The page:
Turns out, the tourism business is booming, according to CNS:
With five new hotels in the works, a handful of new souvenir shops opening recently and nearly 40 restaurants able to serve crowds from 100 to 1,000, the Bethlehem economy is showing signs of recovery following the desperate intifada years.
For the first time in years, shop owners and tourist industry workers in the birthplace of Christ are optimistic and have confidence in the economy. For most, 2010 was the best year for business in a decade.
Outside the Church of the Nativity in mid-December, Nigerian pilgrims snapped pictures of each other as Russian pilgrims made their way into the ancient church through a small entranceway. Inside, groups waited patiently at the stairway leading into the grotto where tradition holds that Jesus was born.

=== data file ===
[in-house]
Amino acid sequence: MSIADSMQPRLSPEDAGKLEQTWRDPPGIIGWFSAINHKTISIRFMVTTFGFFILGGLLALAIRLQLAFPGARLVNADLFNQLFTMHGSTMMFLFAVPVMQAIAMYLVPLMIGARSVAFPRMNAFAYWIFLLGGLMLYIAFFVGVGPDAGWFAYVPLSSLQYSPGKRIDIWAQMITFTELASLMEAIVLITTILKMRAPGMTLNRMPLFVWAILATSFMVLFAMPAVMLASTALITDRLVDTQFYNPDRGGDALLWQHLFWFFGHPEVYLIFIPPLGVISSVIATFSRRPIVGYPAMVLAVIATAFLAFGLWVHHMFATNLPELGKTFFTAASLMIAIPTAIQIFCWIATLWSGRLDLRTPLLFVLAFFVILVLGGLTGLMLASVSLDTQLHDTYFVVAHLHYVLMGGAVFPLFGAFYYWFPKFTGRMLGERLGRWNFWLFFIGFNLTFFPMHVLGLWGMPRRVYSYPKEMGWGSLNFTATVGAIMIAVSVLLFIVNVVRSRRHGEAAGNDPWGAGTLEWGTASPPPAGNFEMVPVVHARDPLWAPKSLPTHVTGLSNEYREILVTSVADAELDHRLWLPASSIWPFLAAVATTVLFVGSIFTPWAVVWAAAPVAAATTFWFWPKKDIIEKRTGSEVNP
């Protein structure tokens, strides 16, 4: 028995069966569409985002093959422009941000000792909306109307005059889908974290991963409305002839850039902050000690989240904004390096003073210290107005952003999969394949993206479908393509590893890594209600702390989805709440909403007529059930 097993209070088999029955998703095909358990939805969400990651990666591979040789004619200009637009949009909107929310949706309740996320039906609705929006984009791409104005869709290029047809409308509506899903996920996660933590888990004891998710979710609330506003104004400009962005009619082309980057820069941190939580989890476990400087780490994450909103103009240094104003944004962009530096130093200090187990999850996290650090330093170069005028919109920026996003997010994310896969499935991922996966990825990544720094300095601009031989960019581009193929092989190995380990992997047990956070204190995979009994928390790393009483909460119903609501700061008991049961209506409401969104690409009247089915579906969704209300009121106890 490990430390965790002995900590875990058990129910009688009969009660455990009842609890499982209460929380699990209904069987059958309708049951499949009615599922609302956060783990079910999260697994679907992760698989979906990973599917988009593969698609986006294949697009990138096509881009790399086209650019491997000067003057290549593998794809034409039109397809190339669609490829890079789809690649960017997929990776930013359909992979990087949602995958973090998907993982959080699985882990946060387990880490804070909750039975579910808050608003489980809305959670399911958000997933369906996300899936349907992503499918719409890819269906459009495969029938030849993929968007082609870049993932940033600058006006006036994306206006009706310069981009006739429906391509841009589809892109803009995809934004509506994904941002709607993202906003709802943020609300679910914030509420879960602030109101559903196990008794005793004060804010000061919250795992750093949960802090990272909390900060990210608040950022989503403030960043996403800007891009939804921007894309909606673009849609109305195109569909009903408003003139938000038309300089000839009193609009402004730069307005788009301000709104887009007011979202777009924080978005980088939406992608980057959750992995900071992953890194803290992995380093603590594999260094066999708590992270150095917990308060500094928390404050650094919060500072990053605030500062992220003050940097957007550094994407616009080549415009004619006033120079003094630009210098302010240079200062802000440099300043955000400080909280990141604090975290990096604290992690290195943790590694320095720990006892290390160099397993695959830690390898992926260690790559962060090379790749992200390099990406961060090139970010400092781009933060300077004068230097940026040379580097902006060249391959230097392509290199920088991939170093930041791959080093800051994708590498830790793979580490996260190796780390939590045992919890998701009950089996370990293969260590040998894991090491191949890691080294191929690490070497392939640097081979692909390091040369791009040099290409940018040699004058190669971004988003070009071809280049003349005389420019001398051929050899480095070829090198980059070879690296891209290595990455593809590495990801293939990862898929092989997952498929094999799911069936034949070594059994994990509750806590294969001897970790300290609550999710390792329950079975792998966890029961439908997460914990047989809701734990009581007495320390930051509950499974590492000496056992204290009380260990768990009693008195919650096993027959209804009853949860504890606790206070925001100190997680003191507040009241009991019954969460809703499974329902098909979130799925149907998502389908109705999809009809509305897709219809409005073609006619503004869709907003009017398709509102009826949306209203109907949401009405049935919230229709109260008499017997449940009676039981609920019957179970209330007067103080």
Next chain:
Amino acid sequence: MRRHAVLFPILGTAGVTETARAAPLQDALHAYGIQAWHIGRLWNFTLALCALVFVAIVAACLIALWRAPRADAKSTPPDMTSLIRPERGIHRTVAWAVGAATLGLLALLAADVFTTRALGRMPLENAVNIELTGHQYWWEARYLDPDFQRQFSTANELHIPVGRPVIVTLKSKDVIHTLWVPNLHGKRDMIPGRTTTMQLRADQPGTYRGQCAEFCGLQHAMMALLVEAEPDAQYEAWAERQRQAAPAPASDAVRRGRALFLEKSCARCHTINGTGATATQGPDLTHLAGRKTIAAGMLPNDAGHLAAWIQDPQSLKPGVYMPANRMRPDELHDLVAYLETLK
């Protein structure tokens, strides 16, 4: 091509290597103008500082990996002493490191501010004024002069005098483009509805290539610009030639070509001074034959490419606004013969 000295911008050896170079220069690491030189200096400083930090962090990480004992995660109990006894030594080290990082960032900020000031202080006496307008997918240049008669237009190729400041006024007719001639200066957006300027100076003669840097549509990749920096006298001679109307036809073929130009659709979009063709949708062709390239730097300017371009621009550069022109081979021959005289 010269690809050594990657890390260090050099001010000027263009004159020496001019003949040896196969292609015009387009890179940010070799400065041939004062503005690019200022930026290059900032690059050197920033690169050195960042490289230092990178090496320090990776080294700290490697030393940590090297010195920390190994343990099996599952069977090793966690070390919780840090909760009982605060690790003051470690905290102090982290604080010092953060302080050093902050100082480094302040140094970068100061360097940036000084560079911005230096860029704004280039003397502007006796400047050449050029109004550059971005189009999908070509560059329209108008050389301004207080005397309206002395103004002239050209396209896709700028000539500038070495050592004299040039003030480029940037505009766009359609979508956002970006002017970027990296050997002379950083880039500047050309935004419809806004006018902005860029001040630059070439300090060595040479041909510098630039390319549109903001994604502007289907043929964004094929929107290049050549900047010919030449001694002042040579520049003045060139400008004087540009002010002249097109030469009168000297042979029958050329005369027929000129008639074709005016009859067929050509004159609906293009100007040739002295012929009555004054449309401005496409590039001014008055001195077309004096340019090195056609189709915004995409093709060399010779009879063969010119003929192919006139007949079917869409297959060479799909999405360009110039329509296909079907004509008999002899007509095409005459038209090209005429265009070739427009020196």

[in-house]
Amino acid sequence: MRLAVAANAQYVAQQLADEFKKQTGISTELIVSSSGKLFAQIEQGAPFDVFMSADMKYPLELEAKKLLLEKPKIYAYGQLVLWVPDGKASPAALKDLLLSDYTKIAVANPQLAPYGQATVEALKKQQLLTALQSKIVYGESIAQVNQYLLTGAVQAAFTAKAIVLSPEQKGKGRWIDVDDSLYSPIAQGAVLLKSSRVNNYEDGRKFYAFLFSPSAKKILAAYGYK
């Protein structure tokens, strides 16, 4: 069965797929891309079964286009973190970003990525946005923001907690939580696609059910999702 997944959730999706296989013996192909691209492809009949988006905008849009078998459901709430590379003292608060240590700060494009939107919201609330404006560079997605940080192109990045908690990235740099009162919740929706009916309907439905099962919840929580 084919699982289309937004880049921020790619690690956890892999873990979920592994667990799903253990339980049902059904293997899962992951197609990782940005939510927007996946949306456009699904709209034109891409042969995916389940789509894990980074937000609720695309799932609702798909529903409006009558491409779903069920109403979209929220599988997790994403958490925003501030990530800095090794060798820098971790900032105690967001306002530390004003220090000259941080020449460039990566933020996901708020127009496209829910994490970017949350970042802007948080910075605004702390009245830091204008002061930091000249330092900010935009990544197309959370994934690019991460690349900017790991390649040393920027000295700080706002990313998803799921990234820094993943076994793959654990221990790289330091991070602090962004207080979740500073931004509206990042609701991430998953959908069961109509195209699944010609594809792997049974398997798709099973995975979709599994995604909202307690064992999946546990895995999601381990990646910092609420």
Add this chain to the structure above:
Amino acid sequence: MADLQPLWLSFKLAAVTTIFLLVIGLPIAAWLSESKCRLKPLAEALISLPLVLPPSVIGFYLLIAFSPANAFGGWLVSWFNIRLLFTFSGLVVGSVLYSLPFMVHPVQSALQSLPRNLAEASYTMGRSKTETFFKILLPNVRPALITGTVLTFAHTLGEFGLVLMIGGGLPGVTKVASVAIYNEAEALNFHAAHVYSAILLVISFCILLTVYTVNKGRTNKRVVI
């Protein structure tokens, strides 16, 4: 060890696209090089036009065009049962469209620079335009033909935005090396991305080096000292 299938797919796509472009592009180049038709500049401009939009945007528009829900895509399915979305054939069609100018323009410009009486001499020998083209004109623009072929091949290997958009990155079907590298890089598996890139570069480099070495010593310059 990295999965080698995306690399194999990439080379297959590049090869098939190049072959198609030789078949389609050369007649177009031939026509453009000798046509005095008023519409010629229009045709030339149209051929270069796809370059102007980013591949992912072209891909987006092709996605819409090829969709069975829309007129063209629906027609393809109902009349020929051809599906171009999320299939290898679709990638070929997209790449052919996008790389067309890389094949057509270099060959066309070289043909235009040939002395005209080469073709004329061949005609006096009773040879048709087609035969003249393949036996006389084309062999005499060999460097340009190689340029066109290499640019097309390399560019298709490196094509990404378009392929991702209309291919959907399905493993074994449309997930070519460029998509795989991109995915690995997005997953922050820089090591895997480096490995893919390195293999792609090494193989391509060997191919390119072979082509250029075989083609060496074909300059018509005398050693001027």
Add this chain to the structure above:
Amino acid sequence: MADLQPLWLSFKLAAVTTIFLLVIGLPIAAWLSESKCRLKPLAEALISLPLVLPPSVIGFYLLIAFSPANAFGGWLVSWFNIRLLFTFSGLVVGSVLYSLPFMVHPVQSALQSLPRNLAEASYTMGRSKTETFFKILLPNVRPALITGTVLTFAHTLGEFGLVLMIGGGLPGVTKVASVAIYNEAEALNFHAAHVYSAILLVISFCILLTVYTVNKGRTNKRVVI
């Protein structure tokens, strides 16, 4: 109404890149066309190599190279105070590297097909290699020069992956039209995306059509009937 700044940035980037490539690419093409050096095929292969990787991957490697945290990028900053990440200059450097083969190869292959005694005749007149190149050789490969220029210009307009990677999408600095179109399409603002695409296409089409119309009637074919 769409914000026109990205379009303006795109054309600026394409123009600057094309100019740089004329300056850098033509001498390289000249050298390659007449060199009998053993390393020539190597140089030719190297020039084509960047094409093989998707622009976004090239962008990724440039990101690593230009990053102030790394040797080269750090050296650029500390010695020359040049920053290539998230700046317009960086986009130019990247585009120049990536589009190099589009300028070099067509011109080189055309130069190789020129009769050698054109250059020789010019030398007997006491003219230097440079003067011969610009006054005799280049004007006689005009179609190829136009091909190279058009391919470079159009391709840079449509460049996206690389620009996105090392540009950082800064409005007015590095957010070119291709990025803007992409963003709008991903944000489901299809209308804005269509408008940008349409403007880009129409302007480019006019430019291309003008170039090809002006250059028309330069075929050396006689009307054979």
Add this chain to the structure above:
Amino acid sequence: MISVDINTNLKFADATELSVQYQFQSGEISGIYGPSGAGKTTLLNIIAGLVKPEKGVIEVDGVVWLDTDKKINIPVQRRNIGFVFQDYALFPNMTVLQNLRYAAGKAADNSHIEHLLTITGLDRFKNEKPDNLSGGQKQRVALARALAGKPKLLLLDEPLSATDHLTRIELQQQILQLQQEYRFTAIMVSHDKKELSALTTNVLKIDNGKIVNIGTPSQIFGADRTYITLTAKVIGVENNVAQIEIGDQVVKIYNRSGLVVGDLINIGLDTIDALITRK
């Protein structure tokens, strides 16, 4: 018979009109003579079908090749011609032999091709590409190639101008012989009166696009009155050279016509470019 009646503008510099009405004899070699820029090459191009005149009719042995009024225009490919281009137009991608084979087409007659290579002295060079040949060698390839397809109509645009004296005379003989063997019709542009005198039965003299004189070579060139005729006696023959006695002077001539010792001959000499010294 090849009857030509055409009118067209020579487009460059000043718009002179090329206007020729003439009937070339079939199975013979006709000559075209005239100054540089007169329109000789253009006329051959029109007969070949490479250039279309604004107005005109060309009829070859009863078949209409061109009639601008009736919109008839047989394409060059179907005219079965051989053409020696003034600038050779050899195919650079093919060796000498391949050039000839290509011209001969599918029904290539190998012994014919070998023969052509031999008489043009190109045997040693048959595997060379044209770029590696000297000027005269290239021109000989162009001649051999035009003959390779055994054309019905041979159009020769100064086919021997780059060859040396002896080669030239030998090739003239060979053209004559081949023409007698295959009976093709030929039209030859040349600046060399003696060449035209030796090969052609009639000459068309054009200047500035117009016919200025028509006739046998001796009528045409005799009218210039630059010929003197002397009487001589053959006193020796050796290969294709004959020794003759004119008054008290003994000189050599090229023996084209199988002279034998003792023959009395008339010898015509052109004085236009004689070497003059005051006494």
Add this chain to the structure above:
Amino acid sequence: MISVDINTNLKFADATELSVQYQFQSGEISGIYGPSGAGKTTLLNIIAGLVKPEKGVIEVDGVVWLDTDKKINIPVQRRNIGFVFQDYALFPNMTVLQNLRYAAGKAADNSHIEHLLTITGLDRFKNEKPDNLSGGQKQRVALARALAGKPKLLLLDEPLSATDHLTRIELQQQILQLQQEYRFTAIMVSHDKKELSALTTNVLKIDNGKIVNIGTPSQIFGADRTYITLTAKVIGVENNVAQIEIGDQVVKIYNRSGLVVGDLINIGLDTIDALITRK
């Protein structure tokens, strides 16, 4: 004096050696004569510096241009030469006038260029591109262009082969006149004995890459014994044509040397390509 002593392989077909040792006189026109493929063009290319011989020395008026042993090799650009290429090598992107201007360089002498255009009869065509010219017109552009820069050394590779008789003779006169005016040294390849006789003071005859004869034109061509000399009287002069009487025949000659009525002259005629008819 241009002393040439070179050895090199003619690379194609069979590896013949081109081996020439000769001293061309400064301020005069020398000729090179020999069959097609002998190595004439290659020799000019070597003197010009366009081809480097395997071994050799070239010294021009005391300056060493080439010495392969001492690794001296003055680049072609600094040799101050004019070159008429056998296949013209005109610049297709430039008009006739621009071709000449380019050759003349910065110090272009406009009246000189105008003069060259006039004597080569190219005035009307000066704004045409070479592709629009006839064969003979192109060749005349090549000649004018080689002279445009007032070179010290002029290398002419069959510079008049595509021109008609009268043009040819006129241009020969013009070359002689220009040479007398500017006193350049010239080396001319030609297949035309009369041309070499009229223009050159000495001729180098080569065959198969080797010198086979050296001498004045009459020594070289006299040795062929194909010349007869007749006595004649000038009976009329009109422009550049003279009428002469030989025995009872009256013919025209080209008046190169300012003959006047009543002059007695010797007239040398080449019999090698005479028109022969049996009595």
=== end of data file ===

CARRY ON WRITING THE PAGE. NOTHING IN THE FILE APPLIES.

“Coming to Bethlehem is always an exceptionally emotional experience,” said Father Filiberto Barrera, who led a group of Californian and Mexican pilgrims as they left the grotto to make room for another group. “We feel extremely safe here; the police outside are doing their job well.”
But the lines in the week before Christmas were modest compared to those of late November, the high season for tourists. Pilgrims waited up to two hours in a line that wound outside the historic church, said street vendor Khaled Omar, 47, who has been working in the tourist business for 33 years.
“Thank God, it has been a good year,” Omar said with a broad smile as he arranged embroidered tote bags and colorful beaded necklaces along a wall next to the church.
Some 10,000 pilgrims and tourists were expected to come through Bethlehem for the Christmas holiday, said Samir Hazboun, chairman of the board of the Bethlehem Chamber of Commerce. He said hotels in the Bethlehem triangle — with 2,750 rooms — are reporting full occupancy.